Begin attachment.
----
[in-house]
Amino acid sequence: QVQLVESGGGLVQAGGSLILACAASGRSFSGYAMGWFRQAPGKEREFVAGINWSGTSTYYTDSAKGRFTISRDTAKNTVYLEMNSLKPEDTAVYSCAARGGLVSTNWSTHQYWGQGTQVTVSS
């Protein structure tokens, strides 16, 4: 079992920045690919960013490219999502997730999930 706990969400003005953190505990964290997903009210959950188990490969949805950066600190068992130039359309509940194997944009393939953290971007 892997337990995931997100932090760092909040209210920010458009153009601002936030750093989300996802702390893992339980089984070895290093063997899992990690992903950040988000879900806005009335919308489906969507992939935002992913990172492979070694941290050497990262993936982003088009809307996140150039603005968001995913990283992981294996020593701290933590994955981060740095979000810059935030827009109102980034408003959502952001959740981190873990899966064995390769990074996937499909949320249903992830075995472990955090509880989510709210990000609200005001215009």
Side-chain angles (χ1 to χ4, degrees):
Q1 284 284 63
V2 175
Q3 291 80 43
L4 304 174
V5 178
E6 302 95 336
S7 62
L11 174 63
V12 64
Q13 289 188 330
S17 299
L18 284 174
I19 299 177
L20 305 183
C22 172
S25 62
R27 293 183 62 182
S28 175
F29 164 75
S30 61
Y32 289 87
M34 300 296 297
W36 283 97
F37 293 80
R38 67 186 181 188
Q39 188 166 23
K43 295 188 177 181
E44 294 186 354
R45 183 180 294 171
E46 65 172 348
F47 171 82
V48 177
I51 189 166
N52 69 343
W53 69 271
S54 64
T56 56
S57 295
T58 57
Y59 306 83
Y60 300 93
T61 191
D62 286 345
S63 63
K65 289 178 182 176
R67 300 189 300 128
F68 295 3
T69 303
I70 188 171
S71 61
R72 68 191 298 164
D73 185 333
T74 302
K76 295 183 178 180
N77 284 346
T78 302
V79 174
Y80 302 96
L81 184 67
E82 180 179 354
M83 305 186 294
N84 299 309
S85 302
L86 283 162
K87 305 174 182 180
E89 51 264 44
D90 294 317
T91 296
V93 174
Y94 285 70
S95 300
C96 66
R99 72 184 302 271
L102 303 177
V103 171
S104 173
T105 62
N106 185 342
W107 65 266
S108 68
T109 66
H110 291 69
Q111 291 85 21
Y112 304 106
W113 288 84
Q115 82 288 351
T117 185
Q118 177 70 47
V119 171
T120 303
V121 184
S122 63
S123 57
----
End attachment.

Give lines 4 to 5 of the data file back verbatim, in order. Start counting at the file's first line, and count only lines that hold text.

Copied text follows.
Side-chain angles (χ1 to χ4, degrees):
Q1 284 284 63